It's as good an explanation as any other so far.
    Neesy and GNTLGNT like this.
  7. Res Wright

    Res Wright Member

    Appreciating the responses :)

    I'm ok if the ultimate answer is that 47 wasn't chosen with any sort of significance in mind. I'm ok if it's "yeah, homeboy noticed that about halfway through typing the story and wasn't going to go back and change Ewing's number because piss on that noise, he was a freshman in college, and had priorities." After all, I don't think I picked up the oddity of the choice until a few reads through. It's not usually the sort of thing I need to know about in terms of back story, I guess is a fair way to characterize it.

    The reasons why I've been thus far hesitant to subscribe to the idea that there was no deeper significance to the choice of number for Garraty, despite these and other factors --

    1) The Walker numbers aren't peripheral to the story. They constantly come back up; they wear the numbers on their chests, the soldiers charged with ticketing Walkers refer to them solely by their number, Garraty sees Walkers die without ever learning their name, only their number. It's not quite "The Prisoner" but it's still there.

    2) The way numbers were assigned by alphabetical order is something that keeps coming up in the text. 100 boys in order from A to Z.

    3) Numbers are thematic in other ways. Route 1. 4 MPH. 3 warnings. Mile markers and highway signs. Betting odds.

    4) As an author, King is very self aware. Although TLW wasn't an example of it, his voice as an author is very present in his narrative prose. Perhaps less narrator and more storyteller, really for some stories in particular. And while little things like a relationship between numbers doesn't have to be a part of the experience when you read his work, authors approach writing differently than readers approach reading, and so do editors, who make writers look normal in fact.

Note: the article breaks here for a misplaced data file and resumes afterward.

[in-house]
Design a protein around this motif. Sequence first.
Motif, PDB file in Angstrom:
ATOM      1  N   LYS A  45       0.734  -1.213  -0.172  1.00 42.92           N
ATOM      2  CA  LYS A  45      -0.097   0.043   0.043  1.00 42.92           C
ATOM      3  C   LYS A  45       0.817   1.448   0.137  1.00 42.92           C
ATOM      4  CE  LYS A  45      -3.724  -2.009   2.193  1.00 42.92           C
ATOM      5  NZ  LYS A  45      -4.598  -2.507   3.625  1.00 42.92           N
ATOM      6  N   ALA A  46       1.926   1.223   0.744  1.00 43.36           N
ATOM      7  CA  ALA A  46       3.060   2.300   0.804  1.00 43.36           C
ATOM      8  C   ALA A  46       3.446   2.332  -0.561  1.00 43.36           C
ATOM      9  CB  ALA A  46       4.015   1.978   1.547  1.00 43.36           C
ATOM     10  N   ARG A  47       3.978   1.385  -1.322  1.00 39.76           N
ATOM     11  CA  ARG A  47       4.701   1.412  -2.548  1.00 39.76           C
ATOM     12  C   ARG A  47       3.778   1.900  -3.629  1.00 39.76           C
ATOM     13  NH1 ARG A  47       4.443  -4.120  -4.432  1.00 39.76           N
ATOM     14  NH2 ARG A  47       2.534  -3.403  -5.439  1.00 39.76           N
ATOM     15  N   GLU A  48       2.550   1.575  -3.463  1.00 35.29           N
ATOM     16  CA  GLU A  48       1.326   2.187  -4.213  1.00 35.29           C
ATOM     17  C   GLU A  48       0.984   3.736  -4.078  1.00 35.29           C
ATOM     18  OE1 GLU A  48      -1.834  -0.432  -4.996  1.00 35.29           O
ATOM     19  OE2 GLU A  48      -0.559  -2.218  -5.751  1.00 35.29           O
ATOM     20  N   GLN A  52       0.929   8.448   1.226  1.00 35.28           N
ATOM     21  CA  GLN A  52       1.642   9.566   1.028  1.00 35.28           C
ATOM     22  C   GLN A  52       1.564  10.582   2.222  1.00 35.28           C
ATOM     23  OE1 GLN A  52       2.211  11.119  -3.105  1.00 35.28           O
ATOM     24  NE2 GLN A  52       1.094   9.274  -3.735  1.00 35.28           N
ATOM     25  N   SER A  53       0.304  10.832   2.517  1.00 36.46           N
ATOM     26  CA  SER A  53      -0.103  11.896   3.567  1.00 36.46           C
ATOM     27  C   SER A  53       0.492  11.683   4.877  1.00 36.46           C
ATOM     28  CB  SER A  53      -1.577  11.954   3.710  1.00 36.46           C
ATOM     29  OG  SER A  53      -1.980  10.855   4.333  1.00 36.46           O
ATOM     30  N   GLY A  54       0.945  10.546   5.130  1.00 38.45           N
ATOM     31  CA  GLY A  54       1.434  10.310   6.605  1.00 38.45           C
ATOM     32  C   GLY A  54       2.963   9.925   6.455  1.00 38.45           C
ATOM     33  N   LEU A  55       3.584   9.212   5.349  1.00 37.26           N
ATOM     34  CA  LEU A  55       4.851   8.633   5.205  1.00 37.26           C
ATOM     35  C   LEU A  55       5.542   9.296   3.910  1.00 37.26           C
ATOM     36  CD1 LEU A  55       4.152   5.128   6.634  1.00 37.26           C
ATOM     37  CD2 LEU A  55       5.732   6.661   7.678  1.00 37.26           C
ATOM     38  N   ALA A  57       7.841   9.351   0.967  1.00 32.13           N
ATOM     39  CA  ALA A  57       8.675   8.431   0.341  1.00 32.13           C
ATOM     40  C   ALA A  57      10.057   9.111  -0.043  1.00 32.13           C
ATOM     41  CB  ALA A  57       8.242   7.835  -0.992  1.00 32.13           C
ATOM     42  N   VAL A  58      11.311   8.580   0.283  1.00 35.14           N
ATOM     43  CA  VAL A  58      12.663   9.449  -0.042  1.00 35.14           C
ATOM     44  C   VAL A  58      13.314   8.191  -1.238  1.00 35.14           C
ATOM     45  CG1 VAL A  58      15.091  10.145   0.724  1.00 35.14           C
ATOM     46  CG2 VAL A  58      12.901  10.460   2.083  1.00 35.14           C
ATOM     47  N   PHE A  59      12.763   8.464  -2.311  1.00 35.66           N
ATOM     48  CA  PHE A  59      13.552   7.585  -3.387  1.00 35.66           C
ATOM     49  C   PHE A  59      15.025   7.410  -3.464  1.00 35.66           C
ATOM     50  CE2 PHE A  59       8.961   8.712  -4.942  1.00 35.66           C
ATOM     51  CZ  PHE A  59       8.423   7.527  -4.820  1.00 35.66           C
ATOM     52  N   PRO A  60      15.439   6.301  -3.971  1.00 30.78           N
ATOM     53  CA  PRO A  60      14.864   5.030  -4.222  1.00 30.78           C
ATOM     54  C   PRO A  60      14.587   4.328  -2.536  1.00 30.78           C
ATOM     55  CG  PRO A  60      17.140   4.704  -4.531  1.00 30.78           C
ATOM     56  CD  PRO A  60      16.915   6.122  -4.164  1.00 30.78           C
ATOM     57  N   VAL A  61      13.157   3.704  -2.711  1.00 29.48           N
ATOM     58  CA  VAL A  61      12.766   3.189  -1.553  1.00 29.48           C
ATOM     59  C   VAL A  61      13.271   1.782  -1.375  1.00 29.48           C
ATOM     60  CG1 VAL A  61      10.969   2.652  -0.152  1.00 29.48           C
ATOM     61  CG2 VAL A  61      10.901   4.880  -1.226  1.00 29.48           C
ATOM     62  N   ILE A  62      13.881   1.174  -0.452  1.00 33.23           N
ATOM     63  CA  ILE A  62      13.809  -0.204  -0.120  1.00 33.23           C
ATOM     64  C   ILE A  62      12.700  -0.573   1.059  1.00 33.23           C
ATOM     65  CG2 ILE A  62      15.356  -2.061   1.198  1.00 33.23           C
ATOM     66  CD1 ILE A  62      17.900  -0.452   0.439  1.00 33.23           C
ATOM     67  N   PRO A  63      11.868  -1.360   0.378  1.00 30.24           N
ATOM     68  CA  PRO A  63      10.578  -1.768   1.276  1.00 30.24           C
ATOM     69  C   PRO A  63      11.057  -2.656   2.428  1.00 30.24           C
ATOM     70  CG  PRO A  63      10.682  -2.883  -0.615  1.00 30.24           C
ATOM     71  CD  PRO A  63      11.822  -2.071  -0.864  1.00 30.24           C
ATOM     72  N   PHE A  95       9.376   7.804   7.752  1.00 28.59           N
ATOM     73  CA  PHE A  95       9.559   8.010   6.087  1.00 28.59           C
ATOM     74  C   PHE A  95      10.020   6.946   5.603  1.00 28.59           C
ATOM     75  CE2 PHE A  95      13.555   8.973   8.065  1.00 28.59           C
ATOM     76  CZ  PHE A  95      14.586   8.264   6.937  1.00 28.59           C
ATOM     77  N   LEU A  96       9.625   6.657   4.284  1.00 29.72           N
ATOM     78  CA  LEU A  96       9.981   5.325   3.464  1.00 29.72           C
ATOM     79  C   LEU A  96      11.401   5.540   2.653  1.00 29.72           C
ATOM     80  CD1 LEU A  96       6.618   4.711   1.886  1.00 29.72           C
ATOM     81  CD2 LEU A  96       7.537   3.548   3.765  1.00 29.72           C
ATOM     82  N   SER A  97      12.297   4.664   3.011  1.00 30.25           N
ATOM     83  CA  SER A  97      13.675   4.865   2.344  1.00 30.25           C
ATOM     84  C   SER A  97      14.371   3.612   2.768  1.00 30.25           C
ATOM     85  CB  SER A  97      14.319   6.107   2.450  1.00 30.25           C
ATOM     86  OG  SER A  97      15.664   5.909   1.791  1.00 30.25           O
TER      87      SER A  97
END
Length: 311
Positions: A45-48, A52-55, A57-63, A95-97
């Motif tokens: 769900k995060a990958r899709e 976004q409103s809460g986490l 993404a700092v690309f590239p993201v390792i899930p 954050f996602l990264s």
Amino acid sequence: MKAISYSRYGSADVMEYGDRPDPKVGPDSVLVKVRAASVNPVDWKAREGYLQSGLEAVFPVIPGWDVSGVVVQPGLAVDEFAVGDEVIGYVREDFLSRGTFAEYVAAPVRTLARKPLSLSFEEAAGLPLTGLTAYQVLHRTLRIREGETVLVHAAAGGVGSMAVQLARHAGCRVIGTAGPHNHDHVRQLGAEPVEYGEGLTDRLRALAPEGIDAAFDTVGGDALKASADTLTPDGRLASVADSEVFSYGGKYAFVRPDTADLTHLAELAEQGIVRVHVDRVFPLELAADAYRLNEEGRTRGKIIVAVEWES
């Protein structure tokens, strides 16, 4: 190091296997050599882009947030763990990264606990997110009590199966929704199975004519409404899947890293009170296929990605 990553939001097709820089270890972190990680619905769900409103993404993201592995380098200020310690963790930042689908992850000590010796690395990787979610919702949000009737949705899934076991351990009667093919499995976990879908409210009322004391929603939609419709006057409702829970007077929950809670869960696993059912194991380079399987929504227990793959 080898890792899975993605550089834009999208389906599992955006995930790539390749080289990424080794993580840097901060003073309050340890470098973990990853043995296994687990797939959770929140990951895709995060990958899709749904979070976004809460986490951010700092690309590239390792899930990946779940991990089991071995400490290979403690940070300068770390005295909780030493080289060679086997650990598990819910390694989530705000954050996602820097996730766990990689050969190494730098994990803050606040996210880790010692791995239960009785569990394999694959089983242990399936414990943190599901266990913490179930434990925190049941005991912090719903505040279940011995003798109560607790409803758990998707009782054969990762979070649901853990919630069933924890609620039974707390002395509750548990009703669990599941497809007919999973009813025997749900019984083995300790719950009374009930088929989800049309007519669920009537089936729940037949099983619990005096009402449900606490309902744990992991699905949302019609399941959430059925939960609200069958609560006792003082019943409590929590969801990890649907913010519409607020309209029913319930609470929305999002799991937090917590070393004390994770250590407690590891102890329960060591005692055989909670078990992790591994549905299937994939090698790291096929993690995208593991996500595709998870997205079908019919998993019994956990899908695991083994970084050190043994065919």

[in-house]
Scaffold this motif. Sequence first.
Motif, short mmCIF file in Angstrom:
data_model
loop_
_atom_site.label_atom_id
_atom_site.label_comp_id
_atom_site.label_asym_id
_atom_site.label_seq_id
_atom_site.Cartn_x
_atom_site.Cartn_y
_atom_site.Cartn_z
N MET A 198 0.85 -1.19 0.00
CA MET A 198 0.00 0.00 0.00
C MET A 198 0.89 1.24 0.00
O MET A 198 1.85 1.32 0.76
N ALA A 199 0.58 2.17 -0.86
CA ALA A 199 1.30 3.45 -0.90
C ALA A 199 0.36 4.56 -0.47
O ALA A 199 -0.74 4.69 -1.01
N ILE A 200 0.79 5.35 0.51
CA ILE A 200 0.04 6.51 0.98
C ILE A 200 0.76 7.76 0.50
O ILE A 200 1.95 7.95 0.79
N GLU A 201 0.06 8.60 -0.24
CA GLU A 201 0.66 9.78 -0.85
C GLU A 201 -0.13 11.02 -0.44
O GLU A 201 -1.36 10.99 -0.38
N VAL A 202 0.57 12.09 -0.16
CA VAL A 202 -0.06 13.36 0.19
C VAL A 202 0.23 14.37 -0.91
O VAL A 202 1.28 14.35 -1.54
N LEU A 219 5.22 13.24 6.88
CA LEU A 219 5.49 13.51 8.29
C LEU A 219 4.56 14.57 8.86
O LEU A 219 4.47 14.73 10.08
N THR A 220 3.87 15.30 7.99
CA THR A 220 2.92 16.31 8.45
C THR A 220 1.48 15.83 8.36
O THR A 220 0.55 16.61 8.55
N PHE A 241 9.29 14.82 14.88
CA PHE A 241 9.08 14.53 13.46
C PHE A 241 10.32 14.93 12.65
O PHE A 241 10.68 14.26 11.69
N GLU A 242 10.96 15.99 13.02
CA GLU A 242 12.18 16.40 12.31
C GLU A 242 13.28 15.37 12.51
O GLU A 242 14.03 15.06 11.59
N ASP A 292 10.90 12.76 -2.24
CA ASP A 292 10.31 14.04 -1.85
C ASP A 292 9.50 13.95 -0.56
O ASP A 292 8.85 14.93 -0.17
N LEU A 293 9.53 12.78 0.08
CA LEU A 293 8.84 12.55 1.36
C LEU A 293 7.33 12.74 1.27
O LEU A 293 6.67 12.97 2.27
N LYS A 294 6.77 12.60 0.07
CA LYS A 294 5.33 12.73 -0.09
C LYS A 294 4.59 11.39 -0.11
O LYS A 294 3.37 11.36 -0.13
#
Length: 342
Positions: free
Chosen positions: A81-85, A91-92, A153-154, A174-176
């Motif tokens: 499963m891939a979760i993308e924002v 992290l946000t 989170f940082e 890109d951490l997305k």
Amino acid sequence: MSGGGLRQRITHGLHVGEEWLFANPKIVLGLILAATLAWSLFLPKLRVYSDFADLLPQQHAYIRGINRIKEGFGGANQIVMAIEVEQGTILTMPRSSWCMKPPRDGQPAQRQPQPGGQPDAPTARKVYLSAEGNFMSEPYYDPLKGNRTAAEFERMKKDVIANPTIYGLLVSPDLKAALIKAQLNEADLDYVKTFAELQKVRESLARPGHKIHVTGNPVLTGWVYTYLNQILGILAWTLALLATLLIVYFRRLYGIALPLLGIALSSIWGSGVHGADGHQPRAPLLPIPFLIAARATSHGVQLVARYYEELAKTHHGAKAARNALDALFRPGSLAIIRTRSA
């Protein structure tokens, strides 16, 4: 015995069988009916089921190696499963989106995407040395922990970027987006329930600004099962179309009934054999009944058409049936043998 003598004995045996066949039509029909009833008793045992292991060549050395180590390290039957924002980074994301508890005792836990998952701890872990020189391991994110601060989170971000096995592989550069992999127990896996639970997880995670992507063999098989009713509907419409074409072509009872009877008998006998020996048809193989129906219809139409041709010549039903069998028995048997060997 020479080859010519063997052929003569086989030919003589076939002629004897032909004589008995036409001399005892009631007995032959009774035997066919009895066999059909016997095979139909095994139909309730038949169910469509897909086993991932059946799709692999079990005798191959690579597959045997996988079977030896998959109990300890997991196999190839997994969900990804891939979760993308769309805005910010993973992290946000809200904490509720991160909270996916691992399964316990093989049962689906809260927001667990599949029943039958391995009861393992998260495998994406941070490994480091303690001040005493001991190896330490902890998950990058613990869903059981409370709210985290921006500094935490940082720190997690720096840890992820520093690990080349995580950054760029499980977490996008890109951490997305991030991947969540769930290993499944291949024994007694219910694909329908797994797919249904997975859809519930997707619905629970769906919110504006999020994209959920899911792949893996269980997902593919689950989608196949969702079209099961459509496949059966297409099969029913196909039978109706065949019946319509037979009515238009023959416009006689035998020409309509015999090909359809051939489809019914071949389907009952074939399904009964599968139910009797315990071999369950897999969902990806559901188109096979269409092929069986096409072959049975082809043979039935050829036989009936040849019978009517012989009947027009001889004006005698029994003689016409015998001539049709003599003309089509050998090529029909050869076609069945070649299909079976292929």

None of this means -- well, frankly, none of it means anything diagnostic about how 47 ended up the number on the page. Some of the best elements of fiction ever written have been unintentional. Surely the same is true for numerical relationships between plot elements in a novel. And this isn't a best element or even a big element, it's nerdily inconsequential in fact, occupying a part of the spectrum of geekitude where one usually spots arguments about Klingon poetry or tropes in cable entertainment.

    And I suppose my occasional musings upon it ever since I noticed it have changed over time, just as I suppose I have. I remember thinking at first "wow, there had to be a ton of people with names starting in F and Ga, it's weird how he doesn't name them tho....." With collegiate arrogance it was more 'well, that's an irritating mistake' followed by 'maybe, maybe not...' I remember one read through of TLW after I'd heard of the concept of Gematria and wondered 'wait, is it that? Homeboy was in college, that stuff's like catnip to cats when you're in college' but on review, it didn't seem to apply either. Neither did cultural reference - the KJV Psalm 47 came credibly close to being a reference about authoritarianism, but going so far as to craft such a clever allusion, and then sticking the label on Garraty instead of somehow associating it with the obvious choice of The Major... just seems like getting everything ready for the world's best hot fudge sundae and then inadvisably attempting to make a salad with it. Doesn't seem Kingly, if you follow me. One time it was "Remember that he typed this in college, it was on paper, it wasn't on word processing software, maybe he did notice and was like 'what sort of nutbag is gonna notice that? I'm leaving it." :) I don't even know if they had white-out back then.